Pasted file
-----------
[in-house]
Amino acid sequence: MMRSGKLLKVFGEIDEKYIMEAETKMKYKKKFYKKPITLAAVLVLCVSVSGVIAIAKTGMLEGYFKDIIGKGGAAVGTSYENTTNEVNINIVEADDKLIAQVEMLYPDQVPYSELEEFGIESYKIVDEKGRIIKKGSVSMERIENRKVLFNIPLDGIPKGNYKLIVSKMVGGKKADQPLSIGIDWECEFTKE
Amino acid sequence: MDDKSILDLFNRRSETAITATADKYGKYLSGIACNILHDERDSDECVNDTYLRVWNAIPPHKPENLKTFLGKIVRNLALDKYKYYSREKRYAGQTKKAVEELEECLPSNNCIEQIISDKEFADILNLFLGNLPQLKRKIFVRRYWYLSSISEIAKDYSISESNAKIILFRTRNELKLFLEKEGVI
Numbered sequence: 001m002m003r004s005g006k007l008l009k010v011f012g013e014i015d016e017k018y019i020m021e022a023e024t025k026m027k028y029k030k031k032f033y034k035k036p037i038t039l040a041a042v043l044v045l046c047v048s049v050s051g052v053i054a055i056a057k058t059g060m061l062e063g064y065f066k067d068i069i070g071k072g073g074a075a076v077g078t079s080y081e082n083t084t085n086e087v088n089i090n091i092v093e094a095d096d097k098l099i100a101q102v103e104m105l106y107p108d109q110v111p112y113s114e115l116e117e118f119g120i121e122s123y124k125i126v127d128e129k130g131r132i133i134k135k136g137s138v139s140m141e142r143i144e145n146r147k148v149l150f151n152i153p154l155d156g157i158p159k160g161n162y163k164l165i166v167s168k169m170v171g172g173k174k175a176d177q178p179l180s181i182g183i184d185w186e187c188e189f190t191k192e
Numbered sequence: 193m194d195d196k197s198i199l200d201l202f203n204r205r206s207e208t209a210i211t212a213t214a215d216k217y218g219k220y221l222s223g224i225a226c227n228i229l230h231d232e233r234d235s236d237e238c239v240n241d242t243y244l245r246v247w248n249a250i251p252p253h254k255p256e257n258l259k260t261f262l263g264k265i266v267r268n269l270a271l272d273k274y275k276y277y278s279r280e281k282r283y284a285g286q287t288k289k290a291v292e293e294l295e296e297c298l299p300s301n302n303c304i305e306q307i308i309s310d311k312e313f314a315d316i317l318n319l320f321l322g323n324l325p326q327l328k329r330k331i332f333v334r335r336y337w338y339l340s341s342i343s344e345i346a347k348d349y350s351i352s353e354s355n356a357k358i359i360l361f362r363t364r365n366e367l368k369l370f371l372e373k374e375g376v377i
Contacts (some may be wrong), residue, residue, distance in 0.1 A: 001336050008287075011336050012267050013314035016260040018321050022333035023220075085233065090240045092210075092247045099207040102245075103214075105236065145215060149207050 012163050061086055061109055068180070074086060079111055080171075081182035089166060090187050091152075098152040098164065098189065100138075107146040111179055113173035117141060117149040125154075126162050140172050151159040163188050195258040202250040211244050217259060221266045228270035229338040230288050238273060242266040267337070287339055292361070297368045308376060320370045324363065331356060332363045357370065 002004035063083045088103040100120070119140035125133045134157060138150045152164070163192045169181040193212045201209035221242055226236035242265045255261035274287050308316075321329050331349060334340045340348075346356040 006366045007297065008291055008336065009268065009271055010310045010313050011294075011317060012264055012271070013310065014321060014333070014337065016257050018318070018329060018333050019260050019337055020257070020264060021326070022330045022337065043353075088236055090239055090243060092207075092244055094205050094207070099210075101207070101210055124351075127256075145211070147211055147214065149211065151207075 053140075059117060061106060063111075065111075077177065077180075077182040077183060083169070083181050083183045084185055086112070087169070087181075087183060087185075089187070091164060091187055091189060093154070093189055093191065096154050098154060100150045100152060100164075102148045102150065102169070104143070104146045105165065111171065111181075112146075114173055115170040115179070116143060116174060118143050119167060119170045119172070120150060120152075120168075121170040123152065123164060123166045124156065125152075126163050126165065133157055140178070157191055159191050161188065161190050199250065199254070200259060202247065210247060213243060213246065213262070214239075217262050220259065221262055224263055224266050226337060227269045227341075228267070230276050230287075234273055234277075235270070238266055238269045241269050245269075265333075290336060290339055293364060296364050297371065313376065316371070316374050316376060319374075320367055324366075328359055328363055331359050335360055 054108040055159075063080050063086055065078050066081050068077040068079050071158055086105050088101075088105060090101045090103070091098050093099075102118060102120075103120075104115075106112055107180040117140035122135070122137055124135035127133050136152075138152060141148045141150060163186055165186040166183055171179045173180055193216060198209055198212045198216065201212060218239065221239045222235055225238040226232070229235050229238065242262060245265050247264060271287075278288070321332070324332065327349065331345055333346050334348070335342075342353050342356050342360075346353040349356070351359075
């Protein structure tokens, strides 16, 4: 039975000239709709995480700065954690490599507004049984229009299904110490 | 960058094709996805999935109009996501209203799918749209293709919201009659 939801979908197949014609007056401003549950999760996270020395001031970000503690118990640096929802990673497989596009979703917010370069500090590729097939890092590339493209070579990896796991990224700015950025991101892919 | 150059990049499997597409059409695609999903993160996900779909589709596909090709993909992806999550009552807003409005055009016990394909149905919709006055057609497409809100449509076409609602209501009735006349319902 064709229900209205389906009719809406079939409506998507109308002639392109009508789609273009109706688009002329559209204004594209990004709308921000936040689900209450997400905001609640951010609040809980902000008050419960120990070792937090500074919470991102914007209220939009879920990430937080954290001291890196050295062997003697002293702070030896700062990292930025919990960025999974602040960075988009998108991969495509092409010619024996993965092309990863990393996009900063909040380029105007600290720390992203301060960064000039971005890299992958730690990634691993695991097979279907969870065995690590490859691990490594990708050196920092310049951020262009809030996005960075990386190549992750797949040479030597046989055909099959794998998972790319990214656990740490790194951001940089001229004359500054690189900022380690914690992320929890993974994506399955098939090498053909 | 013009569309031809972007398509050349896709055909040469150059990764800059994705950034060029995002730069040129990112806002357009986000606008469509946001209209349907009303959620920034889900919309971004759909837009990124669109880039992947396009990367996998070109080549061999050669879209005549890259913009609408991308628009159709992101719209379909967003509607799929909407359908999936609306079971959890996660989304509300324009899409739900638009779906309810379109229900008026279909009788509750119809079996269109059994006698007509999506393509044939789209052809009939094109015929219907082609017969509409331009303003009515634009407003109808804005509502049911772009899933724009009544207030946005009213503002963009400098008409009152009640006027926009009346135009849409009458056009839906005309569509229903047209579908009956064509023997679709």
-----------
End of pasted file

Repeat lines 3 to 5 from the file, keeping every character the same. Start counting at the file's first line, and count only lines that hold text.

Amino acid sequence: MDDKSILDLFNRRSETAITATADKYGKYLSGIACNILHDERDSDECVNDTYLRVWNAIPPHKPENLKTFLGKIVRNLALDKYKYYSREKRYAGQTKKAVEELEECLPSNNCIEQIISDKEFADILNLFLGNLPQLKRKIFVRRYWYLSSISEIAKDYSISESNAKIILFRTRNELKLFLEKEGVI
Numbered sequence: 001m002m003r004s005g006k007l008l009k010v011f012g013e014i015d016e017k018y019i020m021e022a023e024t025k026m027k028y029k030k031k032f033y034k035k036p037i038t039l040a041a042v043l044v045l046c047v048s049v050s051g052v053i054a055i056a057k058t059g060m061l062e063g064y065f066k067d068i069i070g071k072g073g074a075a076v077g078t079s080y081e082n083t084t085n086e087v088n089i090n091i092v093e094a095d096d097k098l099i100a101q102v103e104m105l106y107p108d109q110v111p112y113s114e115l116e117e118f119g120i121e122s123y124k125i126v127d128e129k130g131r132i133i134k135k136g137s138v139s140m141e142r143i144e145n146r147k148v149l150f151n152i153p154l155d156g157i158p159k160g161n162y163k164l165i166v167s168k169m170v171g172g173k174k175a176d177q178p179l180s181i182g183i184d185w186e187c188e189f190t191k192e
Numbered sequence: 193m194d195d196k197s198i199l200d201l202f203n204r205r206s207e208t209a210i211t212a213t214a215d216k217y218g219k220y221l222s223g224i225a226c227n228i229l230h231d232e233r234d235s236d237e238c239v240n241d242t243y244l245r246v247w248n249a250i251p252p253h254k255p256e257n258l259k260t261f262l263g264k265i266v267r268n269l270a271l272d273k274y275k276y277y278s279r280e281k282r283y284a285g286q287t288k289k290a291v292e293e294l295e296e297c298l299p300s301n302n303c304i305e306q307i308i309s310d311k312e313f314a315d316i317l318n319l320f321l322g323n324l325p326q327l328k329r330k331i332f333v334r335r336y337w338y339l340s341s342i343s344e345i346a347k348d349y350s351i352s353e354s355n356a357k358i359i360l361f362r363t364r365n366e367l368k369l370f371l372e373k374e375g376v377i